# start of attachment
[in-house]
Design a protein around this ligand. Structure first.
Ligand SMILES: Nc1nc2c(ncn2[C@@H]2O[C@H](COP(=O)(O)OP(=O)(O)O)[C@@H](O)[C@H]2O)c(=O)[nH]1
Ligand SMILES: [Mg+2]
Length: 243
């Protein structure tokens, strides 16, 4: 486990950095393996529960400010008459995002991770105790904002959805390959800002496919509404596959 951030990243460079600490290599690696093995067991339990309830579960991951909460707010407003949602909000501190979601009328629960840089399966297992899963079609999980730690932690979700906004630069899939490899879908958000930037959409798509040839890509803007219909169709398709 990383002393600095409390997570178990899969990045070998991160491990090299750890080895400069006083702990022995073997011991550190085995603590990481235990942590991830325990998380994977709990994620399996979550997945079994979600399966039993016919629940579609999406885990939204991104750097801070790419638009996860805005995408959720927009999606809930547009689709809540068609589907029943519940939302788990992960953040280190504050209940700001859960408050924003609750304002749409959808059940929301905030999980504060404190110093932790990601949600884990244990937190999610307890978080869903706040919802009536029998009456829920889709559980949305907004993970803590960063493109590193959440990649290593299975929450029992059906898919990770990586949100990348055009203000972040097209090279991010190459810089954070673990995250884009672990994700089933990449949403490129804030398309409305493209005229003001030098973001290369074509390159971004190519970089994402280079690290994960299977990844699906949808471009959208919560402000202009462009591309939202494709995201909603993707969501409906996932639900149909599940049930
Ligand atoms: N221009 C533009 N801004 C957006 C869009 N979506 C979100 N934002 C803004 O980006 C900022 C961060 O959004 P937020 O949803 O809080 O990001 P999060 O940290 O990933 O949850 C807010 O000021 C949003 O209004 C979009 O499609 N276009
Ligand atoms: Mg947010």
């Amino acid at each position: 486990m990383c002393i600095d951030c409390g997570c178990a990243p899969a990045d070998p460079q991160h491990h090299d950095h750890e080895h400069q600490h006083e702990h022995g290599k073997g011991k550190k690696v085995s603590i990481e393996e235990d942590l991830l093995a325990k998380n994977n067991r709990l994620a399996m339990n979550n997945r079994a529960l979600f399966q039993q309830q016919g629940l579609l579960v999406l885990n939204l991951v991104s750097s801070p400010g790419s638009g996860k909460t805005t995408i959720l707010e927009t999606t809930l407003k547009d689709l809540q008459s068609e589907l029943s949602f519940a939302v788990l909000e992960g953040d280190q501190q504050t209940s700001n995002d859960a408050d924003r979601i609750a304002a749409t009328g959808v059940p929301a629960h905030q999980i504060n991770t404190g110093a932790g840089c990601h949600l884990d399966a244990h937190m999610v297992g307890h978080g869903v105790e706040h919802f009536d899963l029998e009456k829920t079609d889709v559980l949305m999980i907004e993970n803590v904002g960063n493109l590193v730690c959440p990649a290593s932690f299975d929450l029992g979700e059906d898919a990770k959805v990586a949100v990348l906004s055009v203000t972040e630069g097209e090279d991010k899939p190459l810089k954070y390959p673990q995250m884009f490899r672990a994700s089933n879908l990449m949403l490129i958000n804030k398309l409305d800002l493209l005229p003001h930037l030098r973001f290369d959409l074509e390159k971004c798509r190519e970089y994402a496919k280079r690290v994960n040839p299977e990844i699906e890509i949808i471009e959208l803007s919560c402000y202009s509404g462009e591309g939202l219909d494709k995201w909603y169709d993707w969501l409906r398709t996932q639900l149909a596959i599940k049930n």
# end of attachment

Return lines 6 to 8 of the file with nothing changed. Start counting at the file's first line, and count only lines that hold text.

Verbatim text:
């Protein structure tokens, strides 16, 4: 486990950095393996529960400010008459995002991770105790904002959805390959800002496919509404596959 951030990243460079600490290599690696093995067991339990309830579960991951909460707010407003949602909000501190979601009328629960840089399966297992899963079609999980730690932690979700906004630069899939490899879908958000930037959409798509040839890509803007219909169709398709 990383002393600095409390997570178990899969990045070998991160491990090299750890080895400069006083702990022995073997011991550190085995603590990481235990942590991830325990998380994977709990994620399996979550997945079994979600399966039993016919629940579609999406885990939204991104750097801070790419638009996860805005995408959720927009999606809930547009689709809540068609589907029943519940939302788990992960953040280190504050209940700001859960408050924003609750304002749409959808059940929301905030999980504060404190110093932790990601949600884990244990937190999610307890978080869903706040919802009536029998009456829920889709559980949305907004993970803590960063493109590193959440990649290593299975929450029992059906898919990770990586949100990348055009203000972040097209090279991010190459810089954070673990995250884009672990994700089933990449949403490129804030398309409305493209005229003001030098973001290369074509390159971004190519970089994402280079690290994960299977990844699906949808471009959208919560402000202009462009591309939202494709995201909603993707969501409906996932639900149909599940049930
Ligand atoms: N221009 C533009 N801004 C957006 C869009 N979506 C979100 N934002 C803004 O980006 C900022 C961060 O959004 P937020 O949803 O809080 O990001 P999060 O940290 O990933 O949850 C807010 O000021 C949003 O209004 C979009 O499609 N276009
Ligand atoms: Mg947010």